On 15 July 2019, the UK will finally roll out its long-touted Porn Ban restricting access for under-18s to adult content online. However, in the process of releasing this information, the government managed to bungle the privacy of the nation's journalists.

The UK Porn Ban Gets A Date

The date announcement comes after a long period of public inactivity on behalf of the UK government while Brexit was looming. Having established their intentions for an age verification system with the Digital Economy Act in 2017, initial scheduling estimated its release in the summer of 2018.

Then the ban was delayed to a 1 April 2019 release. Among the furore surrounding Brexit, the government attempted to quietly ignore the fact that 1 April came and went without any noticeable change to ISPs' censorship rules.

It has now been confirmed by the Department for Digital, Culture, Media, and Sport (DCMS) that the actual date of the scheme's start will be 15 July.  From then on an age verification loading page will demand users "sign in" through connecting an AgeID account to personal information such as a passport or a credit card.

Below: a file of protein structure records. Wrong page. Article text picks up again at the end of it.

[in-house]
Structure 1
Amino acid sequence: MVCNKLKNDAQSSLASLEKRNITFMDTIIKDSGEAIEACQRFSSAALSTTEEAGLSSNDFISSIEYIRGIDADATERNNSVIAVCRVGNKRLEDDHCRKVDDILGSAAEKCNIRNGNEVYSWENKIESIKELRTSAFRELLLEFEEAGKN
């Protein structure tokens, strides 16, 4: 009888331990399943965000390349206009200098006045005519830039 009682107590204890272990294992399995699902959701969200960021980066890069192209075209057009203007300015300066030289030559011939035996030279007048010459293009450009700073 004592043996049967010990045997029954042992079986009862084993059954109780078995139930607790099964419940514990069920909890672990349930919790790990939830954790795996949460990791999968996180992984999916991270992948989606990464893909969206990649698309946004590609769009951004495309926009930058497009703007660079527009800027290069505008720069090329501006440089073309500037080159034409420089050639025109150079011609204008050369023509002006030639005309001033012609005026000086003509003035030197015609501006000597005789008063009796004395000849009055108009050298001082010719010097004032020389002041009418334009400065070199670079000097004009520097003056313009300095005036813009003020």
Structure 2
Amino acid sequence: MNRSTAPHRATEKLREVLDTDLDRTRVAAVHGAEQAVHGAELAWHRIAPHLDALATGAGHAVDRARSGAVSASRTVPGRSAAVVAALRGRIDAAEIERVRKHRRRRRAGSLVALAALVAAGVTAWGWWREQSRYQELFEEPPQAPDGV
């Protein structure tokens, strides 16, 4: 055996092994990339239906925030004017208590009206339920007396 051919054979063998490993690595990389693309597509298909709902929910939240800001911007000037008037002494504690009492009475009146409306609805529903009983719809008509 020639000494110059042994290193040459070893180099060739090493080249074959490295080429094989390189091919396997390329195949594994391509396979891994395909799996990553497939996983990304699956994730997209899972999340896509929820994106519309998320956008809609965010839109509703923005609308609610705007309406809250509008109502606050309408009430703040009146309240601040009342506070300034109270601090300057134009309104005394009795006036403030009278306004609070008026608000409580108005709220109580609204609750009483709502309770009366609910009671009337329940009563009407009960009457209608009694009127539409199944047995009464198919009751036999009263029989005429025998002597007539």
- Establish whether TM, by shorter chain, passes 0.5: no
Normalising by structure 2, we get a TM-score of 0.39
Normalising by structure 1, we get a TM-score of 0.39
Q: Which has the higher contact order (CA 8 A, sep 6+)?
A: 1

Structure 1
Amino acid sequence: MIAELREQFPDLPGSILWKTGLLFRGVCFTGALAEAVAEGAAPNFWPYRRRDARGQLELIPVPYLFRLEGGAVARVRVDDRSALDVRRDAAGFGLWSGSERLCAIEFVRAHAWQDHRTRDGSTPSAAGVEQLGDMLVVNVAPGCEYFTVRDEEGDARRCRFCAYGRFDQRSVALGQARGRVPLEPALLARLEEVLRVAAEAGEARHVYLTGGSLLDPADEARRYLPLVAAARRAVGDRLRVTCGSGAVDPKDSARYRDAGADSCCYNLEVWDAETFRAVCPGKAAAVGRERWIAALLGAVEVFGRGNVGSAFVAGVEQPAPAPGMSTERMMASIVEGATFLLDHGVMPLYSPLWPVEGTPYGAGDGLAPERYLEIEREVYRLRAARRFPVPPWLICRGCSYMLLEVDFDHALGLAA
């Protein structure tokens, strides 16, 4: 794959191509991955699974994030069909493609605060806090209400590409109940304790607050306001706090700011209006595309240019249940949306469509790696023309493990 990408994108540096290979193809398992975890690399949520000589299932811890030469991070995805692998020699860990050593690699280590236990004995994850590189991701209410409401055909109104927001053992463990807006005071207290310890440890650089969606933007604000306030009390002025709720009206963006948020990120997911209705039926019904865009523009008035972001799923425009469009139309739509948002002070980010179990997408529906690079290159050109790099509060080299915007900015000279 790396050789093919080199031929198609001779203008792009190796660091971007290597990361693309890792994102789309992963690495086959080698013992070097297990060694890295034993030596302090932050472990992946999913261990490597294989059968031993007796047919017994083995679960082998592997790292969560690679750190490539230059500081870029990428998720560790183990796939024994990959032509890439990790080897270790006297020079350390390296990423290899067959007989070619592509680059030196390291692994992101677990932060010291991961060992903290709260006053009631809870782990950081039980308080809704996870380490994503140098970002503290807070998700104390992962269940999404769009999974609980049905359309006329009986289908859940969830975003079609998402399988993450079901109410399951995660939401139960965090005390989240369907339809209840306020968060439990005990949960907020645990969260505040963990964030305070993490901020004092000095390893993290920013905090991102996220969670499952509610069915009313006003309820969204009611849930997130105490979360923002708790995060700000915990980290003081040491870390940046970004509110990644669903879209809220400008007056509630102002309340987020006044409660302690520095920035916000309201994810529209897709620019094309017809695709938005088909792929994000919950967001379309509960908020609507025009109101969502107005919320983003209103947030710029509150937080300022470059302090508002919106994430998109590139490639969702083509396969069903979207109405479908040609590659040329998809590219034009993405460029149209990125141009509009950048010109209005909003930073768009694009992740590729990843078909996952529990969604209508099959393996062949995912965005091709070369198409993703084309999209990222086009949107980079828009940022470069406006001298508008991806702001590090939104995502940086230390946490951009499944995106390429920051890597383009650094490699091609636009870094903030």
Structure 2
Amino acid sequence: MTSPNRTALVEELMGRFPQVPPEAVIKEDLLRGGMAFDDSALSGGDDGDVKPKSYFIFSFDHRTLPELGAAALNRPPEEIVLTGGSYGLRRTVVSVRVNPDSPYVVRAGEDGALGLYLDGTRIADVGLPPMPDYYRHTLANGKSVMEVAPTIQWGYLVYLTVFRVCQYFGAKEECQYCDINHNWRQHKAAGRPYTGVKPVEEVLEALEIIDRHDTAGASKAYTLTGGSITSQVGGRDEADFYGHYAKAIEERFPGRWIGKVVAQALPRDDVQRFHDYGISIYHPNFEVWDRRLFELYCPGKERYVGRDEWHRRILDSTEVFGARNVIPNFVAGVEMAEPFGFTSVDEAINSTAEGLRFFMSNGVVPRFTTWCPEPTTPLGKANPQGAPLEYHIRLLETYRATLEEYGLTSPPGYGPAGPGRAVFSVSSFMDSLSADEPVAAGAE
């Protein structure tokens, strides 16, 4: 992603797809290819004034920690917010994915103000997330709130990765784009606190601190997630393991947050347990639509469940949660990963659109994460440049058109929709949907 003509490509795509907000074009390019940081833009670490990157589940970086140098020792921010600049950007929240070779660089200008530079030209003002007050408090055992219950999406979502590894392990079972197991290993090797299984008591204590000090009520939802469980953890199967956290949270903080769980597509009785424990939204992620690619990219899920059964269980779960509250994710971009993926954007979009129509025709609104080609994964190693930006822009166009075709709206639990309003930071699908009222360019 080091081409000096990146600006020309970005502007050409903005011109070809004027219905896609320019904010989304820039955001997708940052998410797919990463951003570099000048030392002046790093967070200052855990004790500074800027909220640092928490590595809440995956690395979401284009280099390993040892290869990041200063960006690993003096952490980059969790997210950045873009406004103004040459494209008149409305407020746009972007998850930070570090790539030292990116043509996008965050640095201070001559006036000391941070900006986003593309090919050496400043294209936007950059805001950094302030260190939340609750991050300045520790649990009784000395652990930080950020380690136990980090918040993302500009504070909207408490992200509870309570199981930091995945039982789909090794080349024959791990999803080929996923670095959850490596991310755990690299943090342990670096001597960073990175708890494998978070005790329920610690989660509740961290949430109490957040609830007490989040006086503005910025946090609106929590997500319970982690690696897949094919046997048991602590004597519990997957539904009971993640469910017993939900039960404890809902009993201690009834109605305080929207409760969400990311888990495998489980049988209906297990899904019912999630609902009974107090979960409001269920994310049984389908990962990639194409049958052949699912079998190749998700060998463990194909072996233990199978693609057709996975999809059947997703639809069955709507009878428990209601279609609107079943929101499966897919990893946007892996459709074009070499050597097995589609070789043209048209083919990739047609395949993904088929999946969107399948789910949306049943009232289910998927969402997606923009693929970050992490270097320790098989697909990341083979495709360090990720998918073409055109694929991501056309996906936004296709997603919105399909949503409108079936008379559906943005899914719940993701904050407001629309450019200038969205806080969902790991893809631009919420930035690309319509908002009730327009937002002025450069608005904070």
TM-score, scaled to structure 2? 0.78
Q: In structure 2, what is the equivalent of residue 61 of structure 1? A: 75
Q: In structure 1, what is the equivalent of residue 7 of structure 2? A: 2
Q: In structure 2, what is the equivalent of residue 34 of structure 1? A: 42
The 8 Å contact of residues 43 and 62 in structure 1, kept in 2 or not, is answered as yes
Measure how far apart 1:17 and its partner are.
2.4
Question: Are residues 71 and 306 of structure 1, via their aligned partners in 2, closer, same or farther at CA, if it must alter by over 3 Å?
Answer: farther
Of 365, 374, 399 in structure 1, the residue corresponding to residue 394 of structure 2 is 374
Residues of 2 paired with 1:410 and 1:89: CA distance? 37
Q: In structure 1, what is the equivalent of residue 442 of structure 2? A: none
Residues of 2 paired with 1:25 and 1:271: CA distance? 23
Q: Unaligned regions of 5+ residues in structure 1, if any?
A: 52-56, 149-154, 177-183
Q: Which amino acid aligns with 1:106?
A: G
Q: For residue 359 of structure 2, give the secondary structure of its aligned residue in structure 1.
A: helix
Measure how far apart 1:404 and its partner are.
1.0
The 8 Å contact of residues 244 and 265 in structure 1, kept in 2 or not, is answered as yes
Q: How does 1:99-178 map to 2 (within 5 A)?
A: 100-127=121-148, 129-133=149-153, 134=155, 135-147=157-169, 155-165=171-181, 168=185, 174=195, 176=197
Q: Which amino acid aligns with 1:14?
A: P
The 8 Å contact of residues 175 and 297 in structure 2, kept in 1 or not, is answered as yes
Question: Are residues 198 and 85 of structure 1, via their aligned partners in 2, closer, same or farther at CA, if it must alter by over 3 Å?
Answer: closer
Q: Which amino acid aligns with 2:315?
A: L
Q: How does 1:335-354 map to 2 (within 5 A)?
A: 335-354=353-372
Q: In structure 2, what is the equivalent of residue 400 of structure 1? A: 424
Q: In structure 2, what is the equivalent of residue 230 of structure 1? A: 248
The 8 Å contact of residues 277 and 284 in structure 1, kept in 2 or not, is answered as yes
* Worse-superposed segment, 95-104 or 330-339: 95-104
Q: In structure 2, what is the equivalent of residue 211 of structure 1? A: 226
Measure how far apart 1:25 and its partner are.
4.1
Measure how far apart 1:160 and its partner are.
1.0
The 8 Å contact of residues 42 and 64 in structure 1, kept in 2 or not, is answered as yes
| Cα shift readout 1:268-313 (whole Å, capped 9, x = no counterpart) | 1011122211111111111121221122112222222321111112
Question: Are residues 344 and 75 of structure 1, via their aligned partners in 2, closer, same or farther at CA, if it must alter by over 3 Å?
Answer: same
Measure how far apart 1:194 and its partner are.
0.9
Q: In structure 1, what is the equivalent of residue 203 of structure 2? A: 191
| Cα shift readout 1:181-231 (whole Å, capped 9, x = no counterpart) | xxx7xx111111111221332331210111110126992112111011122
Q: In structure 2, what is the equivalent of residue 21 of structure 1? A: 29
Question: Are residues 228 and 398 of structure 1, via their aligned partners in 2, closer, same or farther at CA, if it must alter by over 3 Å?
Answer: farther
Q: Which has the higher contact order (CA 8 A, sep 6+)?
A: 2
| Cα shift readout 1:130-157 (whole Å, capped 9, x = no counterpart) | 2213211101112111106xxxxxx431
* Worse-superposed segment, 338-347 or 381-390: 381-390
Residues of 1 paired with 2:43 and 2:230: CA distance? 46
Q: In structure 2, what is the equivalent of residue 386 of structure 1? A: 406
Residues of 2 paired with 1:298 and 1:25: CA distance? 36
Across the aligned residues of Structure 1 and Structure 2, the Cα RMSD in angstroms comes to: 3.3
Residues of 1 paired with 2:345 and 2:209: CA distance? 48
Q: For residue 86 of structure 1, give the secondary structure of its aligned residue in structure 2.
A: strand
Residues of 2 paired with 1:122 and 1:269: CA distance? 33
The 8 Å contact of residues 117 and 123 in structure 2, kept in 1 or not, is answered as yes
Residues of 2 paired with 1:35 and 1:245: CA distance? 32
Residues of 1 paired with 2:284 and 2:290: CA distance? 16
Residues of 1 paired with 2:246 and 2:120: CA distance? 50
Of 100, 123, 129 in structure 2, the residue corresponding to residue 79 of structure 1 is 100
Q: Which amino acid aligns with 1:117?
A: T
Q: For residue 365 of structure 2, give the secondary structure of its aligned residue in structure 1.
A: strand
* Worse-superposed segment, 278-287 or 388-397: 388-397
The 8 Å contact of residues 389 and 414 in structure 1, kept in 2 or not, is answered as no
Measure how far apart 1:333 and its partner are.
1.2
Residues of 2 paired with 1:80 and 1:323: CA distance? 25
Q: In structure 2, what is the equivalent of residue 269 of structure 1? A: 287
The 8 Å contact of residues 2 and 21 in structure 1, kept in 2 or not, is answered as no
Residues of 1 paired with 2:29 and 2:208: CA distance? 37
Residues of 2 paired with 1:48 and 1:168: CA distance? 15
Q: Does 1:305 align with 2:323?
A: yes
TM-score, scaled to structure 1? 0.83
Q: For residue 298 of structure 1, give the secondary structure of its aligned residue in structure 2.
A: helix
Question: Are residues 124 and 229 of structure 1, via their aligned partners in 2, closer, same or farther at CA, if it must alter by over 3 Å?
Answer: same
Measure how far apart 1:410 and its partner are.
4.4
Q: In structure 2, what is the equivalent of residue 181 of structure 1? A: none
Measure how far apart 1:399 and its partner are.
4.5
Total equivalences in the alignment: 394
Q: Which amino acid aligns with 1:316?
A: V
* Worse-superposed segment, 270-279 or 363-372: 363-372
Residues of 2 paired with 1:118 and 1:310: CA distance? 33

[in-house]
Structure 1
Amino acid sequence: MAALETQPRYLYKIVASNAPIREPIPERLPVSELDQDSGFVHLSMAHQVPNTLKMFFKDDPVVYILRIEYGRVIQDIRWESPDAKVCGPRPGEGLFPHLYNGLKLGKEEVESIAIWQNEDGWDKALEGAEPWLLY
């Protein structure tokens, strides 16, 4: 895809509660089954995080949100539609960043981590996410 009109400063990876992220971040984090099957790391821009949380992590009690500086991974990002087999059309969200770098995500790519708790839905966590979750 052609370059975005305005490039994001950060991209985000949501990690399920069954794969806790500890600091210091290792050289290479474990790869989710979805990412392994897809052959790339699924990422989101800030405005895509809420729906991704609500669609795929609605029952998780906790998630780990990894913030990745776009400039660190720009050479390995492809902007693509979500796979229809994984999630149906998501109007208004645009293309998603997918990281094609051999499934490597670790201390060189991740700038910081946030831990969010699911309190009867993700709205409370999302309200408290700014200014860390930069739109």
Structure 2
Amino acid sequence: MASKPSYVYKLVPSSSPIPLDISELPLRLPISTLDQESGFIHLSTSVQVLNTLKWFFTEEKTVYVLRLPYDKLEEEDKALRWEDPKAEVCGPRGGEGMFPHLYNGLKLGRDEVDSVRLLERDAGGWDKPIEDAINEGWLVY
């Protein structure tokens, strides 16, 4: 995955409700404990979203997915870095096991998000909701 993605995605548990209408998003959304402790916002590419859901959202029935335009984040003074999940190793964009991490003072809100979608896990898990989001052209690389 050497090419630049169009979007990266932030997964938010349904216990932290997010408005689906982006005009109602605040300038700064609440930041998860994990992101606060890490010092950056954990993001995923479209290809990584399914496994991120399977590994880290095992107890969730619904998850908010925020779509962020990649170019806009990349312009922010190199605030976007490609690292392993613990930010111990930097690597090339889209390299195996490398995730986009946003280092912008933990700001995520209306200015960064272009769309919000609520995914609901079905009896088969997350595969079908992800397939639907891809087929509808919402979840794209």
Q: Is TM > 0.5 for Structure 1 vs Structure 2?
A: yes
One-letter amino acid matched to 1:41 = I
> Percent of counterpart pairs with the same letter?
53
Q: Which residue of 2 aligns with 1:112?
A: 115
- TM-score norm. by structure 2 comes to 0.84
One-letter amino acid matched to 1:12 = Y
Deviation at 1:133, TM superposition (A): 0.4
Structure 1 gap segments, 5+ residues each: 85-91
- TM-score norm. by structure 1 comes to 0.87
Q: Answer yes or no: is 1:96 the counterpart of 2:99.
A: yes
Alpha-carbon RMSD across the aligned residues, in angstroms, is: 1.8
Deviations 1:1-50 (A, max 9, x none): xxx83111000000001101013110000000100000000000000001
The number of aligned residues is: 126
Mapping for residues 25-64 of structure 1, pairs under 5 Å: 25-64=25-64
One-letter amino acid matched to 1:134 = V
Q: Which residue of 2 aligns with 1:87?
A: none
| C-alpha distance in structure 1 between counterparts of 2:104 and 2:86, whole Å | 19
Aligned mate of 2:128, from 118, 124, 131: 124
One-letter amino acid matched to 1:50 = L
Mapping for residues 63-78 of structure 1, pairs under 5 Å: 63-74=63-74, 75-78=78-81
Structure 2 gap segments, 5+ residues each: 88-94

The potential of this piece of legislation to infringe on the privacy of its citizens has been a long-running argument. In a shocking turn, the DCMS coupled the release date reveal with a massive privacy slip-up.

The UK Government Can't Even Keep Emails Private

A press release sent to multiple major news outlets in the UK about the porn ban contained the email addresses of over 300 journalists left exposed.

Minister of State for the DCMS Margot James said: "It was an error and we're evaluating at the moment whether that was a breach of data protection law." Ironically, it is the DCMS that is responsible for data protection laws.

Although a mistake of this kind is quite easily explained by simple "human error", as a DCMS spokesperson also said, this is exactly the kind of security breach that critics of the UK Porn Ban foresaw.

Beyond the spectrum of discussion over the nature of censoring the internet, a consistent concern with the scheme has been the government and ISPs' capability to retain the potentially harmful private data it will amass through the connection of an age verification system to people's most intimate browsing habits.

The most frustrating thing is the UK Porn Ban and its privacy risks can be easily circumvented by anyone with a VPN. But if Brexit is any indication, the UK government will find it hard to admit it's plan won't work.